Emerged from shared design values, the collaboration between Tokyo-native design studio, Keiji Ashizawa and Copenhagen-based Norm Architects takes its root in mutual admiration and a love for material richness and timeless appeal evident in both design traditions. In the spring of 2018, Ashizawa onboarded Norm Architects to collaborate on the renovation of two apartments in the Kinuta Terrace apartments complex comprising a total of 36 units. Kinuta Terrace was originally built back in the 1980s and features an integrated courtyard that gives residents the advantages of a single-family home. The two design studios partnered with Japan’s leading manufacturer of wooden furniture, Karimoku, on carrying out the renovation, during which the idea of a furniture series arose. Hence, the Kinuta Collection is a series of 12 tailormade furniture pieces that make up the inaugural collection of Karimoku Case Study. All furniture pieces and bespoke elements within the apartments draw heavily on the natural references of the connected courtyard in an attempt to invite in nature as much as possible – in their design language as well as through their material composition.
Working with transparency, light and shadow, the collaborating studios have strived to use the existing architecture to frame both the outside and the inside living spaces in an attempt to open up and guide its inhabitants from one space to the next – an environment where all elements are as closely connected as possible. Nature feels integrated into the apartment from most rooms, looking out into the courtyard, and you can’t quite tell you’re in a city as immense as Tokyo. This makes the apartments very unique and sanctuary-like, offering its residents a very peaceful and harmonious home setting.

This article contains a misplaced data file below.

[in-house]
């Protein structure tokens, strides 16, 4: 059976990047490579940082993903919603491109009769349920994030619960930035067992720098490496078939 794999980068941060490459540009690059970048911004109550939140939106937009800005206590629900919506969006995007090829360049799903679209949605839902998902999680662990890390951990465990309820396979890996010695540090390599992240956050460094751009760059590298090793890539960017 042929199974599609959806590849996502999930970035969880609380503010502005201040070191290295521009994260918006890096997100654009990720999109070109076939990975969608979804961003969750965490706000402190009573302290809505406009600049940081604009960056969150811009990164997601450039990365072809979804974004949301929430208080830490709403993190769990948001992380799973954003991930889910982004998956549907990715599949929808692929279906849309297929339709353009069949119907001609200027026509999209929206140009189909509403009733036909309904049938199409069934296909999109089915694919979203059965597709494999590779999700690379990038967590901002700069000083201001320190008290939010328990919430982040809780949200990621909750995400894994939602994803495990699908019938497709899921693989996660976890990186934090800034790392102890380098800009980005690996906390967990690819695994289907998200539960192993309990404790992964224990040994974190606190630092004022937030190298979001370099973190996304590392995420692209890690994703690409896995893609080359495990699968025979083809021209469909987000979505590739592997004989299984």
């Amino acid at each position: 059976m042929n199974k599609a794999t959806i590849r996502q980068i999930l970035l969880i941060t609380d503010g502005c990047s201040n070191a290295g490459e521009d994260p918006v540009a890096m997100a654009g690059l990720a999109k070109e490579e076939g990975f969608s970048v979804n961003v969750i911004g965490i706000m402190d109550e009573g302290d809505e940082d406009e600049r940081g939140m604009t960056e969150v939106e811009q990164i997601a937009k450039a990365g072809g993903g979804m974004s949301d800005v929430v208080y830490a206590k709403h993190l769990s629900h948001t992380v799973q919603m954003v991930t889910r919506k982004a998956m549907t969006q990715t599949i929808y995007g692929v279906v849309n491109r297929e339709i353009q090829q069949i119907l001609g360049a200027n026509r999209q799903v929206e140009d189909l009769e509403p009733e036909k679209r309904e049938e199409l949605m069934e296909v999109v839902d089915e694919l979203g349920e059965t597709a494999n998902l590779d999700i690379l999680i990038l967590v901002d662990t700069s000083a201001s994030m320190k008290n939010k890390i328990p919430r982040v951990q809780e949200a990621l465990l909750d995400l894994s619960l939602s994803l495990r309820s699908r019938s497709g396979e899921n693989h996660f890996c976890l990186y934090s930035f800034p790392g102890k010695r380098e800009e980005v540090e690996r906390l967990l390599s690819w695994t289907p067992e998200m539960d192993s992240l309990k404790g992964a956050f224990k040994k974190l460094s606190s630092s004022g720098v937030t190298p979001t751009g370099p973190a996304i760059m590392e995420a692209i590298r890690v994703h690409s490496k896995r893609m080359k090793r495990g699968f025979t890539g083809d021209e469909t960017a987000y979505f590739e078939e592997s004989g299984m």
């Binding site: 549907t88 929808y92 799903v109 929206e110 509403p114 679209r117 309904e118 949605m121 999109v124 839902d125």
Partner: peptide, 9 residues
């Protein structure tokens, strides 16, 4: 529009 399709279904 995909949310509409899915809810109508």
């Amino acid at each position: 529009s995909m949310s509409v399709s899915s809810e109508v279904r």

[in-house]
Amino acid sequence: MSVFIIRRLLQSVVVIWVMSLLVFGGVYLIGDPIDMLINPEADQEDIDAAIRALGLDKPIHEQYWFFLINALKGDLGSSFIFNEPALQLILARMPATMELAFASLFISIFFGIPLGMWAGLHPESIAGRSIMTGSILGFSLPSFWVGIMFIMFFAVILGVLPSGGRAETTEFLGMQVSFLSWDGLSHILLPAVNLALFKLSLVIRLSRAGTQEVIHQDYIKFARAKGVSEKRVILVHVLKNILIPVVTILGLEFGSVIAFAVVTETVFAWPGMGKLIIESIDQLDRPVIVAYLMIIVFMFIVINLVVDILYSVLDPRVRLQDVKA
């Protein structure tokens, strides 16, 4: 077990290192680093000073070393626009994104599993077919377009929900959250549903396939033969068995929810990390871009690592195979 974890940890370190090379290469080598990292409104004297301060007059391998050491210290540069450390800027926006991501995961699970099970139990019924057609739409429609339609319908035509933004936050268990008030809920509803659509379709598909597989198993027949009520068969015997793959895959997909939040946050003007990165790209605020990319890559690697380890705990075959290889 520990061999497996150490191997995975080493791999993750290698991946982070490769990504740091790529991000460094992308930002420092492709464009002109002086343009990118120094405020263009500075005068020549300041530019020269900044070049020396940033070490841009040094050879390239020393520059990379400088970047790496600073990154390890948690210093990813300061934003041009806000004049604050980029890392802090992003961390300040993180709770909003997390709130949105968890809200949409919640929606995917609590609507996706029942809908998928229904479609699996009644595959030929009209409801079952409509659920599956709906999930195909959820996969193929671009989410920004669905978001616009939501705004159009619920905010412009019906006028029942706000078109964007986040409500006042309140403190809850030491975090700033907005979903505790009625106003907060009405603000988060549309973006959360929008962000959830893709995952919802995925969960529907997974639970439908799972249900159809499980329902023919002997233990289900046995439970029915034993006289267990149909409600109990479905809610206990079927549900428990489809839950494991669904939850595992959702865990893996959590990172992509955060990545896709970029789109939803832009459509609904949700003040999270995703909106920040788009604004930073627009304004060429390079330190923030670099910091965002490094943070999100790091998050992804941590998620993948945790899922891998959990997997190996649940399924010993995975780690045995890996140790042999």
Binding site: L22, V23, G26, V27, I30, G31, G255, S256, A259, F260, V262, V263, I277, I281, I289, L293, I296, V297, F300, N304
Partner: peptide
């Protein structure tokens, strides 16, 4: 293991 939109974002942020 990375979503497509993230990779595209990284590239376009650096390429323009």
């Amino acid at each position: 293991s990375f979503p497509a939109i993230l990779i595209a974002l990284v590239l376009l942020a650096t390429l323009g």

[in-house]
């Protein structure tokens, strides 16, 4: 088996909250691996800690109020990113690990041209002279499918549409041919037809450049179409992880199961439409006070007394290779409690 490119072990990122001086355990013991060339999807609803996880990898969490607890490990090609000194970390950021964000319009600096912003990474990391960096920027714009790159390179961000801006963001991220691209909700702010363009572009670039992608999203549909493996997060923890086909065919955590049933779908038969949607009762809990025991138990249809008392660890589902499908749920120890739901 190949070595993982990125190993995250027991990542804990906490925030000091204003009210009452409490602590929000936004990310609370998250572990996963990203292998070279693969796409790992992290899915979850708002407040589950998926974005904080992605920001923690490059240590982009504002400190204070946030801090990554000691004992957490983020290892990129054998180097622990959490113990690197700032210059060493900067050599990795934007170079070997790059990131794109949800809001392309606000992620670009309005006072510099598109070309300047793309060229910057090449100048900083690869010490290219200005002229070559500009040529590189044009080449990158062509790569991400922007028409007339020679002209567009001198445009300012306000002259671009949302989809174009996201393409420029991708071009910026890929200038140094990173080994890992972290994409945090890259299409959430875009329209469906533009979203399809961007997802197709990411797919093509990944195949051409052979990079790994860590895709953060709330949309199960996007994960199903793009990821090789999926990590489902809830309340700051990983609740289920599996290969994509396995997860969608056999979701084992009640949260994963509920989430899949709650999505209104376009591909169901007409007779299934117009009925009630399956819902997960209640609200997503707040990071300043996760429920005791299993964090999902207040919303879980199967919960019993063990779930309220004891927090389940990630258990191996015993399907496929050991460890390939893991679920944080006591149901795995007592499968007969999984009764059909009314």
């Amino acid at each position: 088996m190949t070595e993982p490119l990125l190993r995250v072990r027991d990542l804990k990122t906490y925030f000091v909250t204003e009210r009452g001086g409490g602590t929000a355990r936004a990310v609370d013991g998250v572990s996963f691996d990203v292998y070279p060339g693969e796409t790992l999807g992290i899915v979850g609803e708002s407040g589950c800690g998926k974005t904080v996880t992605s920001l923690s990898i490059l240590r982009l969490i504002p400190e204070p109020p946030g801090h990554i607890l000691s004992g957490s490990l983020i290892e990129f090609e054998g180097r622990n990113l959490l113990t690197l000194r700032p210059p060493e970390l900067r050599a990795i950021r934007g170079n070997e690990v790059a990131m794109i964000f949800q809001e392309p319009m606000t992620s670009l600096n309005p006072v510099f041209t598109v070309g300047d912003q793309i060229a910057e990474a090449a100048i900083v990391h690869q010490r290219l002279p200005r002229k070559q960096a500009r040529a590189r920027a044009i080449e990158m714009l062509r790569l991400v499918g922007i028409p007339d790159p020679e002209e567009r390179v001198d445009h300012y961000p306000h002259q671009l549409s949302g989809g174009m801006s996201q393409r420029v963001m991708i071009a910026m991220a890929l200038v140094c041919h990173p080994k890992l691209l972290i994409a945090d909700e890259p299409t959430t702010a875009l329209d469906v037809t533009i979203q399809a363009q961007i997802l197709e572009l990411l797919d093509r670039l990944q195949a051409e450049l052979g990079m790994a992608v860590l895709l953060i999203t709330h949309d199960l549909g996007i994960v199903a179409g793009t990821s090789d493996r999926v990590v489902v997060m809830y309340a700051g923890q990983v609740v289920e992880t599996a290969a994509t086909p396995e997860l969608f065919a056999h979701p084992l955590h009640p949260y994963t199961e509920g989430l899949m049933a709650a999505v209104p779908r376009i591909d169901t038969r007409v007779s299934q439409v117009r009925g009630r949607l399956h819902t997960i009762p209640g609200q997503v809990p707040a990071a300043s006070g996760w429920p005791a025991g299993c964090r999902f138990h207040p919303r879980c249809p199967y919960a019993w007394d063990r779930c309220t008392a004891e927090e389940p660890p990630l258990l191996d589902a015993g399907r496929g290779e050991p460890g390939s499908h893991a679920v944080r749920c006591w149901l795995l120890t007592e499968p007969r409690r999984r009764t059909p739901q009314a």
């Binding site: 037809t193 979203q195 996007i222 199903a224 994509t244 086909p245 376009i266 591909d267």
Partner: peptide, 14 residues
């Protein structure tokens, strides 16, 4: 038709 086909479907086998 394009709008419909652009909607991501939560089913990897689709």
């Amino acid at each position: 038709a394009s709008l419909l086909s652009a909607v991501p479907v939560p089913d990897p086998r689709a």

Combining a balanced industrial and natural look and feel, each space has been designed to let air and light pass through, creating a natural flow throughout the apartment. Working with double height spaces and large windows, the surroundings are invited inside and vice versa. Repetitive patterns are used to create a soothing sensation, with staircases, rails and wall panels mimicking the pathways of the courtyard, and this architectural approach has been translated into the furniture pieces.
There is an ever so valid need for natural and haptic interiors that can connect modern urban dwellers with a sense of nature in big cities, and through the unique skills and production capabilities of Karimoku, the collaborating studios were able to use the best possible natural materials for the bespoke furnituring, ultimately creating design that last, maintaining the highest possible standards throughout. The majority of the designs feature thoughtful details inspired by structures seen in Japanese temples and gardens; for example the rhythm of the roof lines in temples that the studios paid visits to are evident in the long coffee table.
Norm Architects and Keiji Ashizawa first met a couple of years back during a workshop visit to Japan, and quickly discovered a great many shared views on design, architecture and art, which sparked a mutual interest in working together. Since, they’ve been drawing on each other’s skills and expertise, collaborating on architectural cases and design projects.